Most of the other types of retirement plans can enable workers to build their savings faster with the help of contributions from their employers. But they tend to be more costly and complex for employers than CalSavers, and may carry some liability risks.


The most popular type of plan in the U.S. is a 401(k), which allows workers to save up to $20,500 (or $27,000 if they’re 50 or older) tax-free in 2022, although they’ll pay taxes on the money when they withdraw it in retirement. Employers can contribute up to 100% of the employee’s pay or $61,000 ($67,500 for workers 50 or older), whichever is lower, to an employee’s 401(k) in 2022.

According to a Congressional Research Service report last year, however, 401(k) plans are available to only about 4 in 10 lower-wage workers (those whose average wages are less than 75% of the rest of the country’s). And barely half of the companies with 50 or fewer workers offer 401(k)s.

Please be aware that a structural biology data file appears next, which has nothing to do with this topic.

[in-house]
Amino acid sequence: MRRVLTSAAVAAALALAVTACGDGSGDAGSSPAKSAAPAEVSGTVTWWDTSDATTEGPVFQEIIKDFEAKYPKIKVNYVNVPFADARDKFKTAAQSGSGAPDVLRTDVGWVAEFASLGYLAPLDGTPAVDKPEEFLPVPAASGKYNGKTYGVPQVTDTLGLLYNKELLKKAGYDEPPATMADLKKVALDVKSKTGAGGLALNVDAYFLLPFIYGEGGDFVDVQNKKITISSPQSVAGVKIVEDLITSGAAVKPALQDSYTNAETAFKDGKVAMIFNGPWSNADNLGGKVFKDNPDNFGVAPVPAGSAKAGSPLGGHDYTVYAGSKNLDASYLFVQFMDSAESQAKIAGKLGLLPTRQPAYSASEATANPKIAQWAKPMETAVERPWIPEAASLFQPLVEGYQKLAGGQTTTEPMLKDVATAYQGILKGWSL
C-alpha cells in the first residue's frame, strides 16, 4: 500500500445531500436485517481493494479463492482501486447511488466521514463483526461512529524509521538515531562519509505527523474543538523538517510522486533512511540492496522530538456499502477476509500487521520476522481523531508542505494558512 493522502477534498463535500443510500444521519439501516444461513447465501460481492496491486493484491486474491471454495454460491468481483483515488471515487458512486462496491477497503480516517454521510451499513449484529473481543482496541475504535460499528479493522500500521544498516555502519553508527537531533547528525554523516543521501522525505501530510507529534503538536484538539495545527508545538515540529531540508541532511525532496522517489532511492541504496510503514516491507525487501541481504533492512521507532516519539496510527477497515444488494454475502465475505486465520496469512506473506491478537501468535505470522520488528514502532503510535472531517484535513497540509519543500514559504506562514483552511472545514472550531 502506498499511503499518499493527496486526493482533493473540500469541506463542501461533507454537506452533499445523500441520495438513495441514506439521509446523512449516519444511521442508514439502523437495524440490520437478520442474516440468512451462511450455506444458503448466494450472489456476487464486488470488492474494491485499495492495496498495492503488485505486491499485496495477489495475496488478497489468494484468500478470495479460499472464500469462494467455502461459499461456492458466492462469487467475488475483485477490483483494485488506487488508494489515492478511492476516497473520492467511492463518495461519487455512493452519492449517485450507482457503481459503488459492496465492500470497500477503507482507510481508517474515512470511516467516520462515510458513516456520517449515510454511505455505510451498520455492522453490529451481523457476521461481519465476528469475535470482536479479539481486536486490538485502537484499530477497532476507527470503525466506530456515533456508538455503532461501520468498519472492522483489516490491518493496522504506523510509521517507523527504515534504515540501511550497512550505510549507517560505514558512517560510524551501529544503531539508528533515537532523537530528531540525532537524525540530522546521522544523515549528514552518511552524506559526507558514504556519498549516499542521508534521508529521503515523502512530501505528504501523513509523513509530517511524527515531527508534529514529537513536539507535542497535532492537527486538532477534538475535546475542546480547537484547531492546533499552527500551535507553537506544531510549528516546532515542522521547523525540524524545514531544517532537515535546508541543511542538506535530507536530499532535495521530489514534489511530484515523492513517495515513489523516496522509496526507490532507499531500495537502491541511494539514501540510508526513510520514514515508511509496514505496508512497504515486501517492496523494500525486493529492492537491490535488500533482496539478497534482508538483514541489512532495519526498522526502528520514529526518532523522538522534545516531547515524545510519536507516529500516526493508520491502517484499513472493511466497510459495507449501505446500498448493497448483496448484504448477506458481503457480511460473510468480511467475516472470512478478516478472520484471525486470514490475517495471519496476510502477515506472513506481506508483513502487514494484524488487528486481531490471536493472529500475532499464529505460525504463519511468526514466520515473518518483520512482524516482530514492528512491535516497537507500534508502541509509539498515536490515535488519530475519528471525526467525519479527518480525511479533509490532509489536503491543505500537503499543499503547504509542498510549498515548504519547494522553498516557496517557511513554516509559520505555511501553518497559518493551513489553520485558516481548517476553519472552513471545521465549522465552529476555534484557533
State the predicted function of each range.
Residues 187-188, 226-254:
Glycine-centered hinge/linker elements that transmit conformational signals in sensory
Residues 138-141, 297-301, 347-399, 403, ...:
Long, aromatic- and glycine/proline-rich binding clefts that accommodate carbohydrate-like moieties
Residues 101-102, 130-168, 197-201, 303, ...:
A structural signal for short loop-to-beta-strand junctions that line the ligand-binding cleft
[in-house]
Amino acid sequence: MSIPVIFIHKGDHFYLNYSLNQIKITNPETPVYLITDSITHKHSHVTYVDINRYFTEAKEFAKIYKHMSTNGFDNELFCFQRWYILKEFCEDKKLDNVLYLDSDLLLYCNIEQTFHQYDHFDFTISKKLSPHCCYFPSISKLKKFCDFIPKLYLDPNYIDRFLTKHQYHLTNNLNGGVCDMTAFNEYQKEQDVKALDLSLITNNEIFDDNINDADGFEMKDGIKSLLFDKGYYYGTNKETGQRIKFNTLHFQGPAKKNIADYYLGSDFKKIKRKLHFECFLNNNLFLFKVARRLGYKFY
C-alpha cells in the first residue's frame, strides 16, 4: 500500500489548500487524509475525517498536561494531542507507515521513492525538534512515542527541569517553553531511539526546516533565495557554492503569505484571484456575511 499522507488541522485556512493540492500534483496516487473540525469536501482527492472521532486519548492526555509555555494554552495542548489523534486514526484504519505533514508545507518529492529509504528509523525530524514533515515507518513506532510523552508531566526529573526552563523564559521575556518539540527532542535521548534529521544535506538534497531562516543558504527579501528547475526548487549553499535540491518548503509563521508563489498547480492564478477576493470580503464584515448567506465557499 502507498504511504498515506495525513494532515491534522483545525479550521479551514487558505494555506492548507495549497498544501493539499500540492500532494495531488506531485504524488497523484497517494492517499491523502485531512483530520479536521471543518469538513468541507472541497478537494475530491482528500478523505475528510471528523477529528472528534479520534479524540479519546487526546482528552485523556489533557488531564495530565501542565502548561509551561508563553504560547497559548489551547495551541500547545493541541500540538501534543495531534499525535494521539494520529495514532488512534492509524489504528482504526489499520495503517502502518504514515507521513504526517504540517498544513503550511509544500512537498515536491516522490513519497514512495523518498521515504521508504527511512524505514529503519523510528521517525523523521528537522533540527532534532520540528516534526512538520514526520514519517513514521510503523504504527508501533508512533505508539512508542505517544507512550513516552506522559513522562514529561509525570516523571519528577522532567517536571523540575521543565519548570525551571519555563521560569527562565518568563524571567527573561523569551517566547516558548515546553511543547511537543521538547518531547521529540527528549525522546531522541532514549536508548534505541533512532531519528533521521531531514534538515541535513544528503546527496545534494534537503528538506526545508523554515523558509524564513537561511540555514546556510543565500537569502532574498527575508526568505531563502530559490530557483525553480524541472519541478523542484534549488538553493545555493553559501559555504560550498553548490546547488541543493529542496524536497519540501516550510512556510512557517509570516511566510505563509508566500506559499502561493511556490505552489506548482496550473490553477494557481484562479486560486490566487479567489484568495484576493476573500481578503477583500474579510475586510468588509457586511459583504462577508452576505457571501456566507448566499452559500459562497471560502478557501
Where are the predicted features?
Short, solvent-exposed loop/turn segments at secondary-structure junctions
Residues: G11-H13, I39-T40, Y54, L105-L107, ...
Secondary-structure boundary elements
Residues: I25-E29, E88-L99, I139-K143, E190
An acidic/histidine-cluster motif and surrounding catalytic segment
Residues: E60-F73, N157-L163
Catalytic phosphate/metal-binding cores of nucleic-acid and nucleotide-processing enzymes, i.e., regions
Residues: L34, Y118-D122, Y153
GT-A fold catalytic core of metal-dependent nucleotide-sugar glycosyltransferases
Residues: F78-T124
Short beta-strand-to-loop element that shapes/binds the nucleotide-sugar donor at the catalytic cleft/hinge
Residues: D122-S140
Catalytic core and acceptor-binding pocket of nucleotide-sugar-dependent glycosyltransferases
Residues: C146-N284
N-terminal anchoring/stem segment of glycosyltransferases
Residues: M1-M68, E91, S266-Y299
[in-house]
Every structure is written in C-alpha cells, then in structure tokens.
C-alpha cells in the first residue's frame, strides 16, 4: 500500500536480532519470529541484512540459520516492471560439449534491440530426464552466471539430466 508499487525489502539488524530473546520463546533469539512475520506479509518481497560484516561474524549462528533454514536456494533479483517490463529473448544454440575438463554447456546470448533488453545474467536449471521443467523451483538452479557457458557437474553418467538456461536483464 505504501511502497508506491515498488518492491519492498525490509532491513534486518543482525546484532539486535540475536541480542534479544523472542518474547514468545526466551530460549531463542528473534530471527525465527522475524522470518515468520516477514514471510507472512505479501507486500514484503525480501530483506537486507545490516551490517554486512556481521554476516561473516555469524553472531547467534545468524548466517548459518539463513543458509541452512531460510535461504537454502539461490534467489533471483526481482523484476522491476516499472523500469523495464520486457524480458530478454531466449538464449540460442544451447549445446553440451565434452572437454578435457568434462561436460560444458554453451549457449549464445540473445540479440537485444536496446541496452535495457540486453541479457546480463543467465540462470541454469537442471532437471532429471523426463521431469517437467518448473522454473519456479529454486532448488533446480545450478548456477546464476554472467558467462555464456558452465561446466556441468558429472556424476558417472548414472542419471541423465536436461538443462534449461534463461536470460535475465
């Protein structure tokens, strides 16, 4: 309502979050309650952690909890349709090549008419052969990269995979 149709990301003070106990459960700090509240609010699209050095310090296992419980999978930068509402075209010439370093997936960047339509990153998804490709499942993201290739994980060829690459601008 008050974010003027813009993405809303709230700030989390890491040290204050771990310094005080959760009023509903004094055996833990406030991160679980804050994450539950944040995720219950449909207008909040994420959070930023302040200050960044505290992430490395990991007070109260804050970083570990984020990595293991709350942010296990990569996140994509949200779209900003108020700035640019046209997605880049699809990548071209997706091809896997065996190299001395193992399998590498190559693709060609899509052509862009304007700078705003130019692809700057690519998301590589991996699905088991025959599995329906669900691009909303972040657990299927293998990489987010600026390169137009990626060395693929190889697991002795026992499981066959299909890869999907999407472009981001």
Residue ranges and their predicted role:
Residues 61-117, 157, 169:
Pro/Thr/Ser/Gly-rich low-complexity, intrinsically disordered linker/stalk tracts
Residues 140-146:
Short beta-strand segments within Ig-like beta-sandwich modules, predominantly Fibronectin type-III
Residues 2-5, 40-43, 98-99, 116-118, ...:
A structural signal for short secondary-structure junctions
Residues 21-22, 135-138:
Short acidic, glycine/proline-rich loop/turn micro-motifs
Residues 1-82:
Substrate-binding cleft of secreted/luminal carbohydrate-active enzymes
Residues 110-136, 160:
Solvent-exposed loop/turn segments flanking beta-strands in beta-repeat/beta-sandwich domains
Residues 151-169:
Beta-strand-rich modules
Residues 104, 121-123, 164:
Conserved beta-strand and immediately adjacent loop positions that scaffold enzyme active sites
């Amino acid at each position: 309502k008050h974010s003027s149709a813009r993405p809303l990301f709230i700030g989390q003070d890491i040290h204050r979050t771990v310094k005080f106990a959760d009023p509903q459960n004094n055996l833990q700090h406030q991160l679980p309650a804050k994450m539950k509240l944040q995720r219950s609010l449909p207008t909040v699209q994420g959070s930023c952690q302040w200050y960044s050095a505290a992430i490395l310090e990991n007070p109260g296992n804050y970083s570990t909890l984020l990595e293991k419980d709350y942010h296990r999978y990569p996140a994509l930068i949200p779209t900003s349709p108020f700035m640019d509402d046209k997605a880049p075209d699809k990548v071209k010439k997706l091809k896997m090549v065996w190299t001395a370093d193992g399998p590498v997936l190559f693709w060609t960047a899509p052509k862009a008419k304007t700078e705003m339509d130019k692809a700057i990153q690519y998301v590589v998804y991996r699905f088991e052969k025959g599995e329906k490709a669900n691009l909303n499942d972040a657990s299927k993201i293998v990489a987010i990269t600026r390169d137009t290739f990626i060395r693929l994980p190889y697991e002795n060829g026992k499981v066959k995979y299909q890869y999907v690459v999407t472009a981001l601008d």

Financial industry experts say the paperwork, compliance burdens and liability risks of 401(k) plans have deterred many small employers, as have the costs imposed by the major investment houses that have been supplying those plans. In recent years, though, technology-driven financial firms have designed more automated, lower-cost 401(k) plans aimed at small businesses.

These companies — including Ubiquity Retirement + Savings, Betterment, ForUsAll, Guideline and Vestwell — administer the accounts, provide a suite of investments for employees to choose among, and take on at least some of the liability risk.

The federal government is also giving small businesses more incentive to offer retirement benefits, enacting legislation in 2019 that increased the tax credits employers can claim for new retirement plans, said Chad Parks, founder and chief executive of Ubiquity Retirement + Savings. Now, small employers can write off half their plan expenses, up to $5,000 a year, for the first three years, Parks said, and they can claim an additional $500 credit if their plans enroll workers automatically.